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What should a Virtual Currency look like?

Posted by bryan on April 17, 2010 in E-Business, E-Commerce with 1 Comment


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Should a “Virtual Currency” be tied to real-world currencies and
available for conversion?

 

Should it utilize the proven money transfer services such as PayPal or MoneyBookers and existing mainstream banks’ online banking infrastructure, or establish its very own infrastructure more attuned to the real needs of finacial transactions performed via the web?

Transactions which are usually smaller and less frequent than transactions in the so-called “real world”.

 

Should it learn from the mistakes of the real-world paper currencies
by being backed by real physical assets such as gold or silver?
http://worldcurrencywatch.com/2009/12/22/the-only-“gold-backed”-currency-left/
http://library.thinkquest.org/28718/history.html

 

Should it be based on a barter or time-exchange system?
http://en.wikipedia.org/wiki/Barter
http://en.wikipedia.org/wiki/Time-based_currency

 

In the US, for example, some struggling towns have already started printing their own money to offset the effects of inflation and hopefully avoid the inflationary depression into which the the world financial system seems to be spiraling.

 

Should it include real-world activities via tracking mechanisms on
mobile devices as in Japan’s Osaifu Ketai (shopping) and Suica, or SONY’s Felica, used in Japanese 携帯 (Mobile devices), is one such paperless digital cash solution, using RFID to register electronic and mobile transactions.
transportation services?

http://www.nttdocomo.co.jp/english/service/convenience/index.html#p01
http://www.jreast.co.jp/suica/

 

How about the massive world of online gambling? Pornography? Could
these payments/transactions perhaps be included and/or curbed via a
virtual currency and trading system to “healthier levels” in
comparison to the rest of E-Commerce activity online? Should they be,
or are their current market shares acceptable? What about B2C online
retail? B2B supply chain?? C2C and online auctions???
http://amazon.com
http://www.alibaba.com/
http://shopping.yahoo.com
http://checkout.google.com
http://ezinearticles.com/?The-Top-B2B-Sourcing-Websites&id=2052776
http://ebay.com

 

Or, should it simply exist as a totally separate value-exchange
mechanism only in the domain in which it is used? Lots of examples
exist in the gaming world, the most popular probably coming from the
very successful economies of the MMORPGs as in
WoW: http://www.wowwiki.com/Currency
-and-
SecondLife: http://secondlife.com/whatis/currency.php

 

With companies like Facebook and Kiva testing the “virtual credit” and
“social micropayment” strategies, respectively, this is an area which
is surely poised to grow.
http://venturebeat.com/2009/04/03/facebook-wants-you-to-give-credit-w…
http://www.facebook.com/group.php?gid=13930297165
http://www.facebook.com/apps/application.php?api_key=aae65eb57fb54fa8…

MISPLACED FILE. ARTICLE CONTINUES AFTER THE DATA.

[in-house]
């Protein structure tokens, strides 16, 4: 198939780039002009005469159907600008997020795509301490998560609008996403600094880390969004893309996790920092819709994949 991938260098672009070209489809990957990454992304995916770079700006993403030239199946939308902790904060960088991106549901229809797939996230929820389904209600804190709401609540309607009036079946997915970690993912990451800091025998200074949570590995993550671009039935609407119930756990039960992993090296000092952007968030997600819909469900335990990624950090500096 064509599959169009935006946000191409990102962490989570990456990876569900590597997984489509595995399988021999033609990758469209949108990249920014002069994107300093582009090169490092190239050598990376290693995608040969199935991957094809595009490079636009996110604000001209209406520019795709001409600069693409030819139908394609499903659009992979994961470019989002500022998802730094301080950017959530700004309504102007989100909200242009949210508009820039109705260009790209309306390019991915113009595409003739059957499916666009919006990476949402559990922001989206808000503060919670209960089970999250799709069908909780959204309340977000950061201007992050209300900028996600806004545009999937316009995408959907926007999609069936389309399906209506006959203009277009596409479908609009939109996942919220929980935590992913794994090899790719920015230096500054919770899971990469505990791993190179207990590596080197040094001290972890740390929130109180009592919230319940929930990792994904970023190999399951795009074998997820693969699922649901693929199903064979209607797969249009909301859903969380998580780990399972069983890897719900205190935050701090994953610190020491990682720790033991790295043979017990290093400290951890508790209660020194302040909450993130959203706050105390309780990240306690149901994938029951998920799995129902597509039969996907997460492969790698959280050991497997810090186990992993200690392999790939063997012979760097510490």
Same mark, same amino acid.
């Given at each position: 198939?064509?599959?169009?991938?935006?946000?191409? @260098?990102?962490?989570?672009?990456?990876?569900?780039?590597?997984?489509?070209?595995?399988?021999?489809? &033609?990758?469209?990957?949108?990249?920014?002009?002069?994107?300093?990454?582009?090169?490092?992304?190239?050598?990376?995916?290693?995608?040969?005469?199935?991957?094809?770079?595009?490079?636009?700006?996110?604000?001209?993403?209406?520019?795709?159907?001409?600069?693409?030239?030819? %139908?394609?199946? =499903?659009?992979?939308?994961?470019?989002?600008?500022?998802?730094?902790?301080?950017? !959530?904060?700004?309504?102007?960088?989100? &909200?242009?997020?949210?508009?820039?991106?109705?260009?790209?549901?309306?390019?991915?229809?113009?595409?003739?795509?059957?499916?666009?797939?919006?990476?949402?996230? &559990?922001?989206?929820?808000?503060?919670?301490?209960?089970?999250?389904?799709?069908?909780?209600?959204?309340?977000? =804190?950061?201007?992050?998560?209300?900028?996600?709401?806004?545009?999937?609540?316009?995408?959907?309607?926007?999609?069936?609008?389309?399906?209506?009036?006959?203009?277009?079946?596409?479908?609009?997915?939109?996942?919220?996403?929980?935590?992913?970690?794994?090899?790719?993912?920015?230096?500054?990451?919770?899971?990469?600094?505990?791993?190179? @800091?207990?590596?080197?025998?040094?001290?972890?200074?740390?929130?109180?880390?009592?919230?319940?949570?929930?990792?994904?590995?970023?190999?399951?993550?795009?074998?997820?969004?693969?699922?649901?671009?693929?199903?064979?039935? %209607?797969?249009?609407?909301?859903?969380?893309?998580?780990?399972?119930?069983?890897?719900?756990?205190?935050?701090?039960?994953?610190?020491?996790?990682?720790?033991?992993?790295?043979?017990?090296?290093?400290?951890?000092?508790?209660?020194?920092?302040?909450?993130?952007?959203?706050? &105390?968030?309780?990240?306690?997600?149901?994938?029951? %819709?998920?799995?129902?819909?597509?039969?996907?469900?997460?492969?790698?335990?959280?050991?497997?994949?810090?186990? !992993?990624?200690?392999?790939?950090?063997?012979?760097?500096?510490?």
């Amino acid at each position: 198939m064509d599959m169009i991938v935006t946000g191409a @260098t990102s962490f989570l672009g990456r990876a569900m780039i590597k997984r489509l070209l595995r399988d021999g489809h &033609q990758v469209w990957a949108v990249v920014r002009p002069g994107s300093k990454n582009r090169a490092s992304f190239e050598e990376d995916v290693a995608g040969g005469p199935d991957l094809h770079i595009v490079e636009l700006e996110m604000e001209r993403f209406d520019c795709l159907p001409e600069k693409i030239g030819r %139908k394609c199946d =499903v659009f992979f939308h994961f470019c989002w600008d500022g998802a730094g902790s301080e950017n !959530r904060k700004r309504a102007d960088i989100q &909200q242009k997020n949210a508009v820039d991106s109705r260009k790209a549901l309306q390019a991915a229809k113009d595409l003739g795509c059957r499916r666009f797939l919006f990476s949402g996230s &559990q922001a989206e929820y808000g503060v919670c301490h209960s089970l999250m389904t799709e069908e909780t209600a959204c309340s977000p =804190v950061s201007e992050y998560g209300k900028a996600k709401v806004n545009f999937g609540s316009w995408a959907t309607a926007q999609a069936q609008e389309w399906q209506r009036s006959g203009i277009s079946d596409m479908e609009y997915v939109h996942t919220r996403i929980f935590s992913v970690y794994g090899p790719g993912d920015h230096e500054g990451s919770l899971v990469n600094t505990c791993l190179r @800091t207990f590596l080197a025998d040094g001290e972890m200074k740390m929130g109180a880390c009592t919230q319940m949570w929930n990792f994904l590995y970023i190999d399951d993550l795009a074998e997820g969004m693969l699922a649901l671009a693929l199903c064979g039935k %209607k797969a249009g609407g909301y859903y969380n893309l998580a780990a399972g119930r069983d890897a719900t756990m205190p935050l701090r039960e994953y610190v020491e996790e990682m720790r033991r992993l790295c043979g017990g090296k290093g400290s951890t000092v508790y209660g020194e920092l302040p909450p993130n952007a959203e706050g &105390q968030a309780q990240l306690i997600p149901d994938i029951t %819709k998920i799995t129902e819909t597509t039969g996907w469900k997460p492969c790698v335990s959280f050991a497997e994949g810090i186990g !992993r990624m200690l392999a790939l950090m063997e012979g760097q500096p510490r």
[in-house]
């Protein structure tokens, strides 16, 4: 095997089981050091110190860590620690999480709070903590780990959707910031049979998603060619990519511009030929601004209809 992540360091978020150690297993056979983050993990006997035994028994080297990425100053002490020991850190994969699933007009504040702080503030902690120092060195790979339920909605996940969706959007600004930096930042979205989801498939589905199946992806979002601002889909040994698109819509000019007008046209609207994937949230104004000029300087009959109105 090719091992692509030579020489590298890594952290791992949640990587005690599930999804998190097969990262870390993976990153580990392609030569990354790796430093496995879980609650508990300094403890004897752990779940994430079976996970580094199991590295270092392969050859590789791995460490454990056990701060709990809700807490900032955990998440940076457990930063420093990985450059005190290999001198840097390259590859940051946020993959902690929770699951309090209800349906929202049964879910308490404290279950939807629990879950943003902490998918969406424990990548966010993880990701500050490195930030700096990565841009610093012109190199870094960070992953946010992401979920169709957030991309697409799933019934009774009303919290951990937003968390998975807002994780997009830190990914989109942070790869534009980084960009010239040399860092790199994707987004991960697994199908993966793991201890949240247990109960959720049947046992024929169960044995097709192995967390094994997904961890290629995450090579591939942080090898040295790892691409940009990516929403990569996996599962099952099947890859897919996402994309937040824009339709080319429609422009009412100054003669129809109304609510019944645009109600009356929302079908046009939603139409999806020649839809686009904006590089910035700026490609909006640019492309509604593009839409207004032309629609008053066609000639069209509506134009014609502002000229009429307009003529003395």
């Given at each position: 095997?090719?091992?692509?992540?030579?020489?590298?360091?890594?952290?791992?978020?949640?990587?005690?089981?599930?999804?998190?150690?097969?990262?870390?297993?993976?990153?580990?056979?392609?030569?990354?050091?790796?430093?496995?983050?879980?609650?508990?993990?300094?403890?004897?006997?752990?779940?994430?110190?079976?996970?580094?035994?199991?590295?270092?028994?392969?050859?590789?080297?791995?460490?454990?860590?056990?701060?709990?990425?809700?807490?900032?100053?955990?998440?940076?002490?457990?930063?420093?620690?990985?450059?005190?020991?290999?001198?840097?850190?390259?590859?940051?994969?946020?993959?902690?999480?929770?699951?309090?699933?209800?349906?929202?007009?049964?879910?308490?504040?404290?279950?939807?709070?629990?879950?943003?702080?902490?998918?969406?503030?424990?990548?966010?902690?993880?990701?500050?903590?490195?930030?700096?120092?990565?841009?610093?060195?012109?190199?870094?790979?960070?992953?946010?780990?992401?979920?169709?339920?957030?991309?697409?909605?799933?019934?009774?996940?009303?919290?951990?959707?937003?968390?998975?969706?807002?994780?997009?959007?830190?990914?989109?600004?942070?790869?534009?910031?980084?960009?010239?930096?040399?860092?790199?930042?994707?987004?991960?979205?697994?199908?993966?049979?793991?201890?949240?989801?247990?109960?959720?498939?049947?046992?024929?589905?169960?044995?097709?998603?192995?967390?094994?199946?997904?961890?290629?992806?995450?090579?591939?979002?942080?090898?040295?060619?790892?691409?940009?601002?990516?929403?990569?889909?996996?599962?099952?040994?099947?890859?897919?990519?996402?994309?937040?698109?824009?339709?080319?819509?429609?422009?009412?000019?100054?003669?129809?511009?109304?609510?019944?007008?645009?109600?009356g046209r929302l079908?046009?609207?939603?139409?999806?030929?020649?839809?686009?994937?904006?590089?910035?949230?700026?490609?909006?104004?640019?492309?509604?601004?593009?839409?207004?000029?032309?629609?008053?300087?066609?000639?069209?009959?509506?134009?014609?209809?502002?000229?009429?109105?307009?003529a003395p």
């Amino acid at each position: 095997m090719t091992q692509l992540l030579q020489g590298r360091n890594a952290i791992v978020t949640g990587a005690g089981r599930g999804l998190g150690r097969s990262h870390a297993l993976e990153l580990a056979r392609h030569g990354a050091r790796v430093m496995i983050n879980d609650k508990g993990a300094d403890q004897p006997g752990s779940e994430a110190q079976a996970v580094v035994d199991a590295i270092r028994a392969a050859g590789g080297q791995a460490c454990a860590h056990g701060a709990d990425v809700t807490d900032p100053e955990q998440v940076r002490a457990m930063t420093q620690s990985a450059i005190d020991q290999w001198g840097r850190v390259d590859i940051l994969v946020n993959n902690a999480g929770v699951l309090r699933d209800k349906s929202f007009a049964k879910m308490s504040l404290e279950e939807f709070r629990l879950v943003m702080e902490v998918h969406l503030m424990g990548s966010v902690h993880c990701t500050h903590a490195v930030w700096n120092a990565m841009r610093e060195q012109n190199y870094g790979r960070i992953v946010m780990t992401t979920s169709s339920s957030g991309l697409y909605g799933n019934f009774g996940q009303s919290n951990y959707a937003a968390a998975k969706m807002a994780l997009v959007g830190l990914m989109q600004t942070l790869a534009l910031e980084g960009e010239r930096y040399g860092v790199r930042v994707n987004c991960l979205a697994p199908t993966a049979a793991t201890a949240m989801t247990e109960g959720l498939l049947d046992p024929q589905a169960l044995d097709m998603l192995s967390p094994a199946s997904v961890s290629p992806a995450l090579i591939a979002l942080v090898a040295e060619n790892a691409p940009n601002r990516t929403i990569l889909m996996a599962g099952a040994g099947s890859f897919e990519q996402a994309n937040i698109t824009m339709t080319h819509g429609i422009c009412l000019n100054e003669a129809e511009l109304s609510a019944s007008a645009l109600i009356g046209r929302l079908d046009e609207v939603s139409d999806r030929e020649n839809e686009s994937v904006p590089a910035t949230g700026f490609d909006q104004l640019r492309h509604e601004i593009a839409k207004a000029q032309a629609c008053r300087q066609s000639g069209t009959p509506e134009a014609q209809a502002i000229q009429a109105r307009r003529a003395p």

http://developers.facebook.com/news.php?blog=1&story=364
http://techcrunch.com/2009/06/10/kiva-brings-microlending-home-to-us-…
http://www.kiva.org/about/how

 

One thing that is for sure, all of this amounts to a merging of online
and real-world activity, which may be represented as a single virtual
currency system (possibly with several different currency types within
it). And another thing is for sure, we should all watch these and
understand the mistakes of the current Banking/Financial systems,
short-sighted constant growth Economics, Resource-based economy
benefits and shortcomings, and real-contribution-based Sustainable Economies:

 

 

http://www.moneyasdebt.net/
http://www.zeitgeistmovie.com/
In the end, the thing to be careful of is being tied down to a single monetary measurement the way we are with our nations’ various fiat currencies today. As the videos above explain, much of the economic woes we suffer today are due to the practice of Usury being so common-place in Central Banking today.

 

 

 

  1. James RiegerSeptember 27, 2014 - 11:07 pm #1

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    Reply
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BC$ = Behavior, Content, Money

The goal of the BC$ project is to raise awareness and make changes with respect to the three pillars of information freedom - Behavior (pursuit of interests and passions), Content (sharing/exchanging ideas in various formats), Money (fairness and accessibility) - bringing to light the fact that:

1. We regularly hand over our browser histories, search histories and daily online activities to companies that want our money, or, to benefit from our use of their services with lucrative ad deals or sales of personal information.

2. We create and/or consume interesting content on their services, but we aren't adequately rewarded for our creative efforts or loyalty.

3. We pay money to be connected online (and possibly also over mobile), yet we lose both time and money by allowing companies to market to us with unsolicited advertisements, irrelevant product offers and unfairly structured service pricing plans.

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